By Michelle Lou and Saeed Ahmed
Imagine trying to take a photo of an orange that’s on the moon with your smartphone. It seems impossible.
That’s what it was like for scientists trying to capture an image of a black hole in space. Despite the tall order, an international team of more than 200 researchers unveiled the first-ever image of a black hole on Wednesday.
The effort wouldn’t have been possible without Katie Bouman, who developed a crucial algorithm that helped devise imaging methods.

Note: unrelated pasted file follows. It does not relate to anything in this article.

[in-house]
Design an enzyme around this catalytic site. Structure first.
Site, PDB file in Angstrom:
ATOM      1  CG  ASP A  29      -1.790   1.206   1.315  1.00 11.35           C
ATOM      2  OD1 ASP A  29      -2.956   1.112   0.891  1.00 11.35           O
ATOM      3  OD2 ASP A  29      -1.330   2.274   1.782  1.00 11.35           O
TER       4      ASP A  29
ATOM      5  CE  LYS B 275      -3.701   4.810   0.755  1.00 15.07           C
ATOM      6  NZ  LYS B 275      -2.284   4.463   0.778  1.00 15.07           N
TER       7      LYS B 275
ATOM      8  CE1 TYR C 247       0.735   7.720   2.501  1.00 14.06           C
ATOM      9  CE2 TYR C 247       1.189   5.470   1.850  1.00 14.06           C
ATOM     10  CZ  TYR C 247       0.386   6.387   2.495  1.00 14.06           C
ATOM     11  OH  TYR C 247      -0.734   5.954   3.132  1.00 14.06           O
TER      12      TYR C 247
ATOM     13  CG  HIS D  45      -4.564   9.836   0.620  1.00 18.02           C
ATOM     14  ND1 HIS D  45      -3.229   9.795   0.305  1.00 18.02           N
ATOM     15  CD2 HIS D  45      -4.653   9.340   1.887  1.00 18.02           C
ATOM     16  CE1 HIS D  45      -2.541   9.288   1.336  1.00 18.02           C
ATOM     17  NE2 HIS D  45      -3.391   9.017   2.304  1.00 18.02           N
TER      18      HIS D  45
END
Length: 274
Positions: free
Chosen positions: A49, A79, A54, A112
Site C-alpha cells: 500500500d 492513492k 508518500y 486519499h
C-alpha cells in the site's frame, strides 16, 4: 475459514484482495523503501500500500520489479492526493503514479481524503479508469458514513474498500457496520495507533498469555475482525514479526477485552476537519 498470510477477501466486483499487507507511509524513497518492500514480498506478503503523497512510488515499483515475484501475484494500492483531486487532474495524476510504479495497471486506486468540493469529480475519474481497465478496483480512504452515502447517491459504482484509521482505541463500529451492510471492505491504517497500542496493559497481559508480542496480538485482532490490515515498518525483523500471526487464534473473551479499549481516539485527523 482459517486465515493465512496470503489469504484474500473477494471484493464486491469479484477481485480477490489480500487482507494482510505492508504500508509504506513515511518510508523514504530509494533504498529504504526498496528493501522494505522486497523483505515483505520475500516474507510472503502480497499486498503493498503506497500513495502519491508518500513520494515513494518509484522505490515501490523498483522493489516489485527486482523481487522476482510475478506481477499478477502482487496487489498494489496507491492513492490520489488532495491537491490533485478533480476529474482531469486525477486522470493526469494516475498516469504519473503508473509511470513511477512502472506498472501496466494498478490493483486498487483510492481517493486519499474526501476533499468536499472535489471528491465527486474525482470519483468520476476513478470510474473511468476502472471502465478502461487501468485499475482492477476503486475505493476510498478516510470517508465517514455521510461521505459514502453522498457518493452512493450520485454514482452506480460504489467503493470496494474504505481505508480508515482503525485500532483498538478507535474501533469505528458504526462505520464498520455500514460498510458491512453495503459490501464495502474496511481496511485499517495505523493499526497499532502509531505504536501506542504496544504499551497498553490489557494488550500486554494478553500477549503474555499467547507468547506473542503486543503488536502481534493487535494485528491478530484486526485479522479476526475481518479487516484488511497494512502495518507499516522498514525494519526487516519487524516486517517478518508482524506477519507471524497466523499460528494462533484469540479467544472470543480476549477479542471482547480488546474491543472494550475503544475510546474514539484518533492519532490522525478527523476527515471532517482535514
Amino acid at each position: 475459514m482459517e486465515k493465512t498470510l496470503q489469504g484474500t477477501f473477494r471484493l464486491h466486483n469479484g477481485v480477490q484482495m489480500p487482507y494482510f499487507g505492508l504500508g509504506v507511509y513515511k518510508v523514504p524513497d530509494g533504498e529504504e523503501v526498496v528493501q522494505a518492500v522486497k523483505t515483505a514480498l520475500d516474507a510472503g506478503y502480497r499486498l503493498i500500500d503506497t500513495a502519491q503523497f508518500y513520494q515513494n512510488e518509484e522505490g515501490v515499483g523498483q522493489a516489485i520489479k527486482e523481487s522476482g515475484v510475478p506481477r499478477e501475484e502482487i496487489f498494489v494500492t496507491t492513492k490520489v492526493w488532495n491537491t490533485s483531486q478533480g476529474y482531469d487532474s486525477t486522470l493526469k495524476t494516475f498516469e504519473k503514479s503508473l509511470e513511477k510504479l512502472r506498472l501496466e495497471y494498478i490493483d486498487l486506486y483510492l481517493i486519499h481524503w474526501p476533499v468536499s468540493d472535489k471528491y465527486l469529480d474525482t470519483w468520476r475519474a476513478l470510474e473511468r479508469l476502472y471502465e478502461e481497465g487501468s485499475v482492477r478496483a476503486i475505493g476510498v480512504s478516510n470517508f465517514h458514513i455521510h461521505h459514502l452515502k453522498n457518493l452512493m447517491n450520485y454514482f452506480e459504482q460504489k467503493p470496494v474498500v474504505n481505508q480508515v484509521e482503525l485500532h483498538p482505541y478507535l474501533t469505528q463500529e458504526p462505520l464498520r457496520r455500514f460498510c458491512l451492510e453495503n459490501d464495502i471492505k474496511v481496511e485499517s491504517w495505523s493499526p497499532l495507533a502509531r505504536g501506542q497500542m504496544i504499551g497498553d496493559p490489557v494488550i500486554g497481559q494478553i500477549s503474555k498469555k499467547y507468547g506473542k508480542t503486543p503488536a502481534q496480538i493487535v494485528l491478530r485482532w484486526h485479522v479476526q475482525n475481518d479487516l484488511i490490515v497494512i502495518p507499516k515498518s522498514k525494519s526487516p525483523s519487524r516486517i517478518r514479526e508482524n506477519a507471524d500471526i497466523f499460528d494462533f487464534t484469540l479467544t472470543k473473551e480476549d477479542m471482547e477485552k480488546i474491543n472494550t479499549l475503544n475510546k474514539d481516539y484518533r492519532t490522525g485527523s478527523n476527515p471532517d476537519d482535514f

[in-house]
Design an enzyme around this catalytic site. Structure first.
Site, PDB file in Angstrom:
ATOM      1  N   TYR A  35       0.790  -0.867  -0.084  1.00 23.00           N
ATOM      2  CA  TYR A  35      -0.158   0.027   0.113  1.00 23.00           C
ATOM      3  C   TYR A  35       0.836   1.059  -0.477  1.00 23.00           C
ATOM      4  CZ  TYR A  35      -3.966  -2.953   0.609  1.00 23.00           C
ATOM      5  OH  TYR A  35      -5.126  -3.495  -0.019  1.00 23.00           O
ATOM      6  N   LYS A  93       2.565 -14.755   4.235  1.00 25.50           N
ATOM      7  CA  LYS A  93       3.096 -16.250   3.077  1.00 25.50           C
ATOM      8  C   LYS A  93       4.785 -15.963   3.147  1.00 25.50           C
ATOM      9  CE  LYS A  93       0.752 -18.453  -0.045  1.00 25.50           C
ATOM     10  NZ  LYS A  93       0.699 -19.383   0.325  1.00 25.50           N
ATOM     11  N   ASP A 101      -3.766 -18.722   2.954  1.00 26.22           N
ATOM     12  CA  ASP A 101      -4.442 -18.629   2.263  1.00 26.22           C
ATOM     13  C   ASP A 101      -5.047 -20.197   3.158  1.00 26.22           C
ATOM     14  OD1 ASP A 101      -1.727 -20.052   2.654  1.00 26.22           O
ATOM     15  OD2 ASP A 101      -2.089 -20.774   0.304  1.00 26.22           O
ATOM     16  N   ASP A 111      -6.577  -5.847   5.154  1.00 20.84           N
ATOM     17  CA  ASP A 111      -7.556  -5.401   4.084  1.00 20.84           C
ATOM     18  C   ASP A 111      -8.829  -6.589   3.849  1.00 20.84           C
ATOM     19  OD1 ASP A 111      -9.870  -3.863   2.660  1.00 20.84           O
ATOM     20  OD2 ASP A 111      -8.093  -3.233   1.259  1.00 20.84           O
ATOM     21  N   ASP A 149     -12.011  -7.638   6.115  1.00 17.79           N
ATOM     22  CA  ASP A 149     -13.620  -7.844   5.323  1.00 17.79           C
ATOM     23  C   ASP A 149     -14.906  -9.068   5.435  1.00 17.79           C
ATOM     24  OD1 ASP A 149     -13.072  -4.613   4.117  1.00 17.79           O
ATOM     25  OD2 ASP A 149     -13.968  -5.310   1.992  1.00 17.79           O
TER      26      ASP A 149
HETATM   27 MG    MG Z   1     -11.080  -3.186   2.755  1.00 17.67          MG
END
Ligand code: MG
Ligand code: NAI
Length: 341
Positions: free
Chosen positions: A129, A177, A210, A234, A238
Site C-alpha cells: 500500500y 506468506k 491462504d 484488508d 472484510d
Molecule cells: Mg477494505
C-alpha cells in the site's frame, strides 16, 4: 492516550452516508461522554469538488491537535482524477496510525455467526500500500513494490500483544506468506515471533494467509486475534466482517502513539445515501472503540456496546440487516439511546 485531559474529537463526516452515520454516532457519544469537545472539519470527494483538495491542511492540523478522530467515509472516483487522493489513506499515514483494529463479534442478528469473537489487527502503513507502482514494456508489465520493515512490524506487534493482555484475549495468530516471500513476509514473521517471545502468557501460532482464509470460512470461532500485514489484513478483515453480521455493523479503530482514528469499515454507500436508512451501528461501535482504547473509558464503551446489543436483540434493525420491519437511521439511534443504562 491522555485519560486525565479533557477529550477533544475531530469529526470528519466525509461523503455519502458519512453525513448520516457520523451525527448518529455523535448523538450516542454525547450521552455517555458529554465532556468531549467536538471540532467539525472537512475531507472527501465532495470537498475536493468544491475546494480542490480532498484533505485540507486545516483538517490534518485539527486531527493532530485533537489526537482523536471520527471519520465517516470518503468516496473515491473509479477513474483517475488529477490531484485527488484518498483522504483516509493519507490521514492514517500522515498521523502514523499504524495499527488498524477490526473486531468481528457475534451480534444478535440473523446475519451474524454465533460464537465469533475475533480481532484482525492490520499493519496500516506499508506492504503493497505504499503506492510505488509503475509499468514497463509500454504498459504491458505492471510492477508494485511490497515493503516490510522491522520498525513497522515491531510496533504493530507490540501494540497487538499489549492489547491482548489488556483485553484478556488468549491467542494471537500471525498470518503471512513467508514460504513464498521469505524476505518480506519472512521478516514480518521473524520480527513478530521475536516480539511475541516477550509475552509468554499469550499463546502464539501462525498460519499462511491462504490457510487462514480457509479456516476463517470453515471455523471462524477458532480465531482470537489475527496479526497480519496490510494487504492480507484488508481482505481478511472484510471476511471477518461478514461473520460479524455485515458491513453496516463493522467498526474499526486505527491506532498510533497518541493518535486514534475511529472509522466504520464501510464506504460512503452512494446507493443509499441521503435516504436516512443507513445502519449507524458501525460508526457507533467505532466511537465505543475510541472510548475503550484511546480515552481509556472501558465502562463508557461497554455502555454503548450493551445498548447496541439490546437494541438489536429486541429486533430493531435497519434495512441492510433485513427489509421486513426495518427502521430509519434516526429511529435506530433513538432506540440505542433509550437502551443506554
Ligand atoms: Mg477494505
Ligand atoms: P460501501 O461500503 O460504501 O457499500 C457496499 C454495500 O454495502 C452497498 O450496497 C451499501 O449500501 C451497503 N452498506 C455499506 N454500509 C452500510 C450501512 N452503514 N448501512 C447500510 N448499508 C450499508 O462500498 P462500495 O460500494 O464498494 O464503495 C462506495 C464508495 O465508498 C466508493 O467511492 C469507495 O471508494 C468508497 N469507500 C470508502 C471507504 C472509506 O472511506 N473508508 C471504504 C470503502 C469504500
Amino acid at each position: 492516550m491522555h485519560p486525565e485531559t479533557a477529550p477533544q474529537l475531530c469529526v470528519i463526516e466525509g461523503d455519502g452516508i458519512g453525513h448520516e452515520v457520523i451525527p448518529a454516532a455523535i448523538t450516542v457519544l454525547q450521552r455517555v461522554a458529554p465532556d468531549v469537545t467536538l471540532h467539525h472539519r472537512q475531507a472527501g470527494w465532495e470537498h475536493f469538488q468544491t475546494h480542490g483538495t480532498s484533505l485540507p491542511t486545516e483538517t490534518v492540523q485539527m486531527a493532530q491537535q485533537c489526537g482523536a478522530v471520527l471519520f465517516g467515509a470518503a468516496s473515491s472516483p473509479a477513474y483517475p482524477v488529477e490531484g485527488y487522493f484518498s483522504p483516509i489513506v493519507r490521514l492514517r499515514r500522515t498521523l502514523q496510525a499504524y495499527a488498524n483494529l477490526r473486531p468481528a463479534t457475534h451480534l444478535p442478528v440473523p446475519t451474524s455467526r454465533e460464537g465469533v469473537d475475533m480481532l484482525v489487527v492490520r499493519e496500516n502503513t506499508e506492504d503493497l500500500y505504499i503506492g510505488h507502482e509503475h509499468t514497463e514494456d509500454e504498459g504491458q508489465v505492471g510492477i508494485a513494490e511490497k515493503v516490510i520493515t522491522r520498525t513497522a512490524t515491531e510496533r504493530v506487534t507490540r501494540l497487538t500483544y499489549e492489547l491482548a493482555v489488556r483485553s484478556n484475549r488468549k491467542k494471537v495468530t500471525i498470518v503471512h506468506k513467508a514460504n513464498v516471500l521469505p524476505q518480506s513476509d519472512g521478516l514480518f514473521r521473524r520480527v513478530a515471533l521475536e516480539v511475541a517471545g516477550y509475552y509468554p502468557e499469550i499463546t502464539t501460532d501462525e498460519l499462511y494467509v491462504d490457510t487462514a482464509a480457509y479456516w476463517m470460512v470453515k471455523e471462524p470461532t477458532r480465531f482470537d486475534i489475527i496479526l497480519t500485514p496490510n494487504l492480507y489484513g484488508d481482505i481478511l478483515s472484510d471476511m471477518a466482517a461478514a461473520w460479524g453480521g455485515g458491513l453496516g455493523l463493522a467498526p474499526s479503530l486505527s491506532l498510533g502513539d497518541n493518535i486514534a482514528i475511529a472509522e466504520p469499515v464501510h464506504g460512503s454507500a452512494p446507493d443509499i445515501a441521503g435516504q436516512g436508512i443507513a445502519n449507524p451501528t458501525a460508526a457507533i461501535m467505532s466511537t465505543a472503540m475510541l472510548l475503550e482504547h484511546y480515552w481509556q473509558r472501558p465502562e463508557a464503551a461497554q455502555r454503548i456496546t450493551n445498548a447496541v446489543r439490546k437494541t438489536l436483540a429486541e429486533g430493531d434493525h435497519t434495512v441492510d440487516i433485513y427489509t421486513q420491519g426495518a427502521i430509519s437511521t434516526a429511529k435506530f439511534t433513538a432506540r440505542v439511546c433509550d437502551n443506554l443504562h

Three years ago, Bouman led the creation of an algorithm that eventually helped capture this first-of-its-kind image: a supermassive black hole and its shadow at the center of a galaxy known as M87. She was then a graduate student in computer science and artificial intelligence at the Massachusetts Institute of Technology.
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